The latest evolution of the leading dynamic volume CT system sees increased ease of use for radiologists and radiographers, better patient safety and comfort as well as outstanding image clarity. Like its predecessor, the next generation of the Aquilion ONE system has the ability to scan entire organs in a single gantry rotation. The 16 cm detector can capture morphology at a single moment in time and eliminates movement artifacts. Patient comfort and safety are optimized by a larger gantry aperture and a newly developed Quantum VI detector, providing the highest light output for optimized dose reduction.
Radiologists who have experienced the Toshiba Aquilion ONE in recent years are impressed by the system’s next generation. Consultant radiologist Dr Russell Bull at Royal Bournemouth Hospital has been using an Aquilion ONE since 2009. At that time, he recalls, the ability to cover a whole organ was new and presented a major leap forward in scanning for his department. “We wondered if it could ever get any better,” he said, “but it did, we have now the Aquilion ONE next generation. It is unbeatable for ease of use, image quality and low radiation.” He saw improved efficiency and throughput. “It increased scan efficiency and the volumetric scanning allowed use of much lower doses of contrast agent”. But as he points out: “Such advances are only relevant when they change the diagnosis or the experience of the patient, the throughput or the cost of procedure. If innovations are just clever they don’t matter, but the Aquilion ONE completely revolutionised our practice.”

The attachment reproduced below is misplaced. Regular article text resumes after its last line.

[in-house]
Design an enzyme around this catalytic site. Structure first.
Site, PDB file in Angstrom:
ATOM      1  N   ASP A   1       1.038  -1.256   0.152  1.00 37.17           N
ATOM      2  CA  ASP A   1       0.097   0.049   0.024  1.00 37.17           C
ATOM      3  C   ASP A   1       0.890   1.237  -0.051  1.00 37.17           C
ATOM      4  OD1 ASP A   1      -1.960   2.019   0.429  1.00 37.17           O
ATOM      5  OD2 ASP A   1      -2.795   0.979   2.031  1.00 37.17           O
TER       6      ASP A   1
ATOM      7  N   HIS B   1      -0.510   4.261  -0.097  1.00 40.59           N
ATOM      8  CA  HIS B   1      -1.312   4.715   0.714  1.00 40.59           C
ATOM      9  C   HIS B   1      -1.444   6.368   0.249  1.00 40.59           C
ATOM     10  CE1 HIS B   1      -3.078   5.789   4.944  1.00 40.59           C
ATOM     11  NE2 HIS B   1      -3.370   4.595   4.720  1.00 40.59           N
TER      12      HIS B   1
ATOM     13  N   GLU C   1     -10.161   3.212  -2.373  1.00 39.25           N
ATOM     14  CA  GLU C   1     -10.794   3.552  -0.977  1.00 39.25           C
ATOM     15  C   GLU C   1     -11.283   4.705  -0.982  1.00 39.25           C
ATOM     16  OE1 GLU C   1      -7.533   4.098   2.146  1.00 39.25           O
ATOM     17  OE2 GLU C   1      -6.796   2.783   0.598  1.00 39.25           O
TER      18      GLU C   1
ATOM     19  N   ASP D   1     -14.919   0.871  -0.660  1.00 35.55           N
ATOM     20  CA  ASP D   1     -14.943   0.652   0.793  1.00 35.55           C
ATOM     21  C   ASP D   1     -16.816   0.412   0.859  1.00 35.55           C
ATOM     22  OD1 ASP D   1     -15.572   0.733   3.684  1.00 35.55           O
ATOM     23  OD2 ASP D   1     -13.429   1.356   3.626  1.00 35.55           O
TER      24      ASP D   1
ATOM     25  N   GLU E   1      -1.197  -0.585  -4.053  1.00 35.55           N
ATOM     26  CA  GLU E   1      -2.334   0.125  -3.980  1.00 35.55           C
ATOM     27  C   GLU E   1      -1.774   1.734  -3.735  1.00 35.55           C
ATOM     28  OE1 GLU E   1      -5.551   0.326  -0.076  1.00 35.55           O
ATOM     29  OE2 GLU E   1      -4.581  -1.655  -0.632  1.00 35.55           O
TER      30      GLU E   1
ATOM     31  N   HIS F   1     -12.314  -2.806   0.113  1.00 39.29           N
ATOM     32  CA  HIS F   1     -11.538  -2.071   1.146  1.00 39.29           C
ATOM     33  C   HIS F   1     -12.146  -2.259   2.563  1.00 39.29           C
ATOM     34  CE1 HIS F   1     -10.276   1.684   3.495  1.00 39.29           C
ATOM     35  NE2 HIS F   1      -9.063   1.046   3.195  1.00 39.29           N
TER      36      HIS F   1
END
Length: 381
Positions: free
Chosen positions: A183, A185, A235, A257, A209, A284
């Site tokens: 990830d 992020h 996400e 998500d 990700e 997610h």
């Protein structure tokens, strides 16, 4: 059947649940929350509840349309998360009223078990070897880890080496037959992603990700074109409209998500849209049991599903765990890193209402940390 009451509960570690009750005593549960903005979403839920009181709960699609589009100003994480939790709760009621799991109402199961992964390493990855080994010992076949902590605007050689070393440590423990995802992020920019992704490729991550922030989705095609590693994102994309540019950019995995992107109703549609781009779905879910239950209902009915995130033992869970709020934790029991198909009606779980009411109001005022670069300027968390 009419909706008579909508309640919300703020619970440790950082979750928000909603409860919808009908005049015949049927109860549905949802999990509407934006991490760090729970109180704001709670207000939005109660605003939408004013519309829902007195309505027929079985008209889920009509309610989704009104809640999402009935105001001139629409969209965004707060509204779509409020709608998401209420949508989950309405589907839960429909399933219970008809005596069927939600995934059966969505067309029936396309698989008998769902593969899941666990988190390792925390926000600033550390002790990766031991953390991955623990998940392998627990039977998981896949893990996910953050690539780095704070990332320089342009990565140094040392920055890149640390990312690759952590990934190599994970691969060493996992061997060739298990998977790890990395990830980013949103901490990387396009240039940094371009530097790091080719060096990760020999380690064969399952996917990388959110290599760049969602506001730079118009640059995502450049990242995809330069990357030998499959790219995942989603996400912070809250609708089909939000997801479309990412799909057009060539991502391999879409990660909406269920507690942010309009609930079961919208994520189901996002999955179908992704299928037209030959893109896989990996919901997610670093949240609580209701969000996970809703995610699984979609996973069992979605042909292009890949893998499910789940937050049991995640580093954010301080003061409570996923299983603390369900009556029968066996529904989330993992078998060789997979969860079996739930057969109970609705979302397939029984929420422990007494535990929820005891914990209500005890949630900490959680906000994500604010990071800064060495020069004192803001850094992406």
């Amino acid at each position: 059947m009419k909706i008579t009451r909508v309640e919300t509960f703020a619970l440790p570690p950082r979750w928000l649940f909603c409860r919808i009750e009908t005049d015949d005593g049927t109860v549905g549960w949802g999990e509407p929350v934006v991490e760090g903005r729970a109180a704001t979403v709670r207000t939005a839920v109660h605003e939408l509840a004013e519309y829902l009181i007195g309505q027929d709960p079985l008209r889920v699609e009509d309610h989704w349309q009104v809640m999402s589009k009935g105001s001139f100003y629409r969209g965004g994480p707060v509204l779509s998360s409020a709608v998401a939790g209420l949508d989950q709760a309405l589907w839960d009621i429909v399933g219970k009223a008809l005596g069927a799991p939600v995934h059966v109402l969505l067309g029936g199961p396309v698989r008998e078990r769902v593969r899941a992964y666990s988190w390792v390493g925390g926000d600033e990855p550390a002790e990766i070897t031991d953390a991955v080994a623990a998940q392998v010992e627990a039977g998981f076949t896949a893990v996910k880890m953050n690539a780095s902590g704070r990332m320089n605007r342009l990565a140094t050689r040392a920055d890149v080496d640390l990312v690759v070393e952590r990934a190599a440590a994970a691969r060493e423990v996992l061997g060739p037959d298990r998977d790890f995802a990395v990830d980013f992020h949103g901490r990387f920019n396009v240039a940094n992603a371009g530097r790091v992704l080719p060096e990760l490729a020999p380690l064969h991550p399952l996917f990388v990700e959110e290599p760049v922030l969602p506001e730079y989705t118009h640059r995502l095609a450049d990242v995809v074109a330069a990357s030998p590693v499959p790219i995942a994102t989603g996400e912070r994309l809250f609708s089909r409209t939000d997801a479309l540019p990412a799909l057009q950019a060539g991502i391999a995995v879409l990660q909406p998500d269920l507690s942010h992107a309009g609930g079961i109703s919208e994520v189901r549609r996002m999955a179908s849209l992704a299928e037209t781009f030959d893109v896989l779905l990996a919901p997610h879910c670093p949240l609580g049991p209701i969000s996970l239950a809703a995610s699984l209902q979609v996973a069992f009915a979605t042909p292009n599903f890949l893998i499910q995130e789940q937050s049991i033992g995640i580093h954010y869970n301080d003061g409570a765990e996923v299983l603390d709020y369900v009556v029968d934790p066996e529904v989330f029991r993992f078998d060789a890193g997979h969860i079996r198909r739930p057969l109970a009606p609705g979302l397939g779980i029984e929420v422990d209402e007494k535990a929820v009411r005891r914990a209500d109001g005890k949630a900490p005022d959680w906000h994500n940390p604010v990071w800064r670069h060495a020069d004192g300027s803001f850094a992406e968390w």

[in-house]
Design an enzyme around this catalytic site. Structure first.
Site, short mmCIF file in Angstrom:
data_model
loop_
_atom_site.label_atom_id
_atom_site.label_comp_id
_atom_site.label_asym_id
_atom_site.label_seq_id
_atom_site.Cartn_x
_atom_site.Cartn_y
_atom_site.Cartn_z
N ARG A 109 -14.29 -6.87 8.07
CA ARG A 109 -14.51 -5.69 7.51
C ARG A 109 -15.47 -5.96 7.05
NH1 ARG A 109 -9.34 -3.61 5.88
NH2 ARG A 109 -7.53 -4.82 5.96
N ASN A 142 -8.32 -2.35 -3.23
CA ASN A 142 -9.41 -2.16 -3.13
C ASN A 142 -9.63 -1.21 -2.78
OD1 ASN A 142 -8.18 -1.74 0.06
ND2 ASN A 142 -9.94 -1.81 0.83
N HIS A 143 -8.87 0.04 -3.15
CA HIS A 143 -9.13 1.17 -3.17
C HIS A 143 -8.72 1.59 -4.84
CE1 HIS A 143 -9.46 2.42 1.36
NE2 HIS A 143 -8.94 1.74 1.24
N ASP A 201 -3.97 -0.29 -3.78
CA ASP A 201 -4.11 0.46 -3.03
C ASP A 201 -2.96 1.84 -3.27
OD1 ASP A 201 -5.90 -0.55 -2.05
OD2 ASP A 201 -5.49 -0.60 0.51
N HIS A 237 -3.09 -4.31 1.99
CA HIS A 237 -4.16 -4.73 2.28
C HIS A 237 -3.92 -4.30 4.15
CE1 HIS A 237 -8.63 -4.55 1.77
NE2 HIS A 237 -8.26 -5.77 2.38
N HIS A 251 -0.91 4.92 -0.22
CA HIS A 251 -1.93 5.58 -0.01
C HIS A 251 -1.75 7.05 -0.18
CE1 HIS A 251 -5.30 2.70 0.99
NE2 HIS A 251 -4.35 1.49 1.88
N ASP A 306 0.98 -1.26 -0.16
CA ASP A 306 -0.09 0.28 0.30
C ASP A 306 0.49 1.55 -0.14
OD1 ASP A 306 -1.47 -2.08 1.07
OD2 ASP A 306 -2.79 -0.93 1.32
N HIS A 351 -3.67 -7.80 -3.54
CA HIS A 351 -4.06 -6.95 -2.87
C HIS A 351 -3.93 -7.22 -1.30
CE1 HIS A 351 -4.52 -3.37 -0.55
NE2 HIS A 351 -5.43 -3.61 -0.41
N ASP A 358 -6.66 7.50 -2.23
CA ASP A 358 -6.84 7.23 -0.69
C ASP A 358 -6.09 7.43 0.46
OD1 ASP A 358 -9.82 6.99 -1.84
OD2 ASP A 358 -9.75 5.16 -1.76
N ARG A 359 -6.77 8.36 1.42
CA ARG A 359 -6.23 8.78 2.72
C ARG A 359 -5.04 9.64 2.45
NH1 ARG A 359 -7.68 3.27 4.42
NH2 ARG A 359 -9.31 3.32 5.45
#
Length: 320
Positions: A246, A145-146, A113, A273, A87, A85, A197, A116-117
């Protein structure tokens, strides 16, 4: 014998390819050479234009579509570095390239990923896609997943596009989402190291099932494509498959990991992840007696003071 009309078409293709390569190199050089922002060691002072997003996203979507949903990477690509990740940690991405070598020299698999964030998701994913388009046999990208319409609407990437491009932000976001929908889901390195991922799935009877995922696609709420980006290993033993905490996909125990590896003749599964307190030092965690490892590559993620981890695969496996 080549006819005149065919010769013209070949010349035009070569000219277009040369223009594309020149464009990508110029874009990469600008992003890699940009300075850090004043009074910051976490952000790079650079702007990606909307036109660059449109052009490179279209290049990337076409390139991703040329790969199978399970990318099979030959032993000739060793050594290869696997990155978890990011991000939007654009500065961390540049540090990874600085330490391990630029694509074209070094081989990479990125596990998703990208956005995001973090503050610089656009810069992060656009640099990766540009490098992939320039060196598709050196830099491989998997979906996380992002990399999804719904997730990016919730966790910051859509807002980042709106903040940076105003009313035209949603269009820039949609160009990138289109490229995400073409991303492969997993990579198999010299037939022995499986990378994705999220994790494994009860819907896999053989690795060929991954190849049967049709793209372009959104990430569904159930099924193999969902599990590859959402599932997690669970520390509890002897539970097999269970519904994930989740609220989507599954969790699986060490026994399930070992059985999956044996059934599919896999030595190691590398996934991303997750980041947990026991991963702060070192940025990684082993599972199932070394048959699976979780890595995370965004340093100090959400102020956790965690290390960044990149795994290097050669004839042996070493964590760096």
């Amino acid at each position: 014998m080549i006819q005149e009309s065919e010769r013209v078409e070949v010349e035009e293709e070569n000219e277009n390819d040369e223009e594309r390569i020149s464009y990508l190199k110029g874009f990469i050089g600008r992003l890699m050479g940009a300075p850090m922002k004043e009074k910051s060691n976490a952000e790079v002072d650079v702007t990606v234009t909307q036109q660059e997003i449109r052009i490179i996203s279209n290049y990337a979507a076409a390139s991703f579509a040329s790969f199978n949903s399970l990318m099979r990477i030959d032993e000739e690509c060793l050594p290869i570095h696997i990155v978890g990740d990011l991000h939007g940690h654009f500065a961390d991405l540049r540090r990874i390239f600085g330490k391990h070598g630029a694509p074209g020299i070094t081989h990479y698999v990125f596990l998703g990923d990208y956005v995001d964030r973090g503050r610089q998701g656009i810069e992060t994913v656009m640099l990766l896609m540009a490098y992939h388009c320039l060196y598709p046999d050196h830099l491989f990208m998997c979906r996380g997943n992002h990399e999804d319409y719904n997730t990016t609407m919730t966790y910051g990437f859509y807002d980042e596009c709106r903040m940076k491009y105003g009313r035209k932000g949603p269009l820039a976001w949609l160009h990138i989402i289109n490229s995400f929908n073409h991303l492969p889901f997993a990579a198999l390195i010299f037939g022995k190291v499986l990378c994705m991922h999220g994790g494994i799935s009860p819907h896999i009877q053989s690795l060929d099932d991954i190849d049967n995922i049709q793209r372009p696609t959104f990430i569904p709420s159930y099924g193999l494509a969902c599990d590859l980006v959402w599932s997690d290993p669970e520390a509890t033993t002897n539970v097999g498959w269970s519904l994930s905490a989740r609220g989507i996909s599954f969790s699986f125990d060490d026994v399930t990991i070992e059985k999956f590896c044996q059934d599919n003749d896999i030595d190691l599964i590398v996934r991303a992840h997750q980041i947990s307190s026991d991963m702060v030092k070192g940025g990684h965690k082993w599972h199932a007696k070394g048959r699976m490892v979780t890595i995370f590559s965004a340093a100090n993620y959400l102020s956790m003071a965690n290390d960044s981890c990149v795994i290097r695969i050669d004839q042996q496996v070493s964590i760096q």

Matthew Benbow, Superintendent Technologist at Royal Bournemouth Hospital, confirms that the new Aquilion ONE brought major improvements for his team. The wider bore is more comfortable for patients, especially for those whose movements are restricted. “Our Aquilion ONE with motorized lateral table slide function,” Benbow underlines, “allows the patient to be positioned without physical strain. This is an invaluable feature safeguarding the health, safety and wellbeing of radiographers from a lifting perspective.”
The Toshiba Aquilion ONE next generation has clear benefits across a whole range of innovative applications ranging from musculoskeletal to the lungs. For Professor Alain Blum, Head of the Radiology Department at Service d’Imagerie Guilloz – C.H.U. Hôpital Central Nancy, France, the new system offers “a huge step forward for the evaluation of soft tissues.” Especially in the postoperative follow-up of patients with prosthesis, CT will play an increasingly important role. Since the conventional CT scan is hampered by metal artifacts, new algorithms such as iterative reconstruction and SEMAR will definitely help to minimize those artifacts while providing enhanced image quality –at a much lower dose than ever before. This will surely lead to an increase in CT examinations for patients with hip prosthesis, so far difficult to examine.”
Professor Mathias Prokop, Chairman of the Department of Radiology at Radboud University Medical Center in Nijmegen in The Netherlands, has evaluated SURESubtraction Lung. It shows perfusion defects and thus provides direct insight in the effect of embolism on lung perfusion. By providing a perfusion map of the lung it can help clinicians find small emboli they could have missed otherwise. “SURESubtraction Lung,” Professor Prokop underlines, “is an easy to learn technique with simple scanning procedures and fast processing times that do not burden the workflow. In short, a very powerful technique with outstanding image quality.”
Toshiba's Aquilion ONE next generation marks a major step forward in scanning technology enhancing the entire CT experience for patients and health professionals alike.